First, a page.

1- Pre-game warmups are a topic which best left to the site manager. Teams should be allowed at least 45 minutes to warm up. The 50-yard line separation seems to work well for almost all teams. Most coaches are capable of working out any deviations.
2- If there is a double change of possession during a non-kick down and the play results in a first down for Team A inbounds, it is treated the same as any other inbounds first down for Team A. There is a 40 second play clock. If the BJ is keeping the play clock, he will immediately start the play clock when Team A recovers. If the game clock is kept in the press box, the play clock operator will probably not properly start the play clock. So, the Referee should blow an RFP with a 25-second play clock.
3- If a play clock in one end zone is not working and the other is, they both need to be shut down (after a check for a loose cable). We had a crew decide to use a BJ signal in one direction and not the other. That’s an invitation for confusion.
4- We had a coach send an asst coach to the pregame meeting with the referee. The asst was not prepared to answer the requisite questions. By rule, only the head can verify the legality of equipment. If the head coach does not appear, please request his presence and the verification. If he refuses, it is a 15-yd penalty for failing to comply with an official’s request (9-5-1g).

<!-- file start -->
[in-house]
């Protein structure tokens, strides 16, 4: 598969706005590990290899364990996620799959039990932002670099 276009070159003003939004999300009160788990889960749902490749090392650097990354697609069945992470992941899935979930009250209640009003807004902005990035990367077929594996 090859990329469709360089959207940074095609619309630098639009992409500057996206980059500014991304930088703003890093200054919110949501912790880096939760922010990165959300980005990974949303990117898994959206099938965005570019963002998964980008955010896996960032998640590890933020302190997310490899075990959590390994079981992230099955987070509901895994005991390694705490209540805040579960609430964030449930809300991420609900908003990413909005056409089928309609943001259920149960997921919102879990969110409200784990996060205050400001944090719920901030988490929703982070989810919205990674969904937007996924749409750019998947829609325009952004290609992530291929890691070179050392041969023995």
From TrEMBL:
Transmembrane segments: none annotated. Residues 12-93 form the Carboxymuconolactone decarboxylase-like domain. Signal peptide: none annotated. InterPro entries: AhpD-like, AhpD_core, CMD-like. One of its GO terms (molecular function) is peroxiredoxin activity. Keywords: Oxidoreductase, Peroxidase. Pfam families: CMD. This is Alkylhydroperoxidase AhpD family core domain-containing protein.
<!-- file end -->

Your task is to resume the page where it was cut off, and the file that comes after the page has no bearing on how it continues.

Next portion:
5- A coach received two USC for what essentially one incident. A second official joined an ongoing argument and decided to separately flag the coach resulting in an ejection. All flags should be for separate incidents.
6- The offense must have five players numbered 50-79 on their line of scrimmage. The only exceptions to this are a scrimmage kick formation. The officials do not have authority to make exceptions even if the other team agrees.
7- After a penalty on a TD, the kickoff was from the R-45 and went OOB. The penalty was enforced five yards from the previous spot and R given the ball at the 50.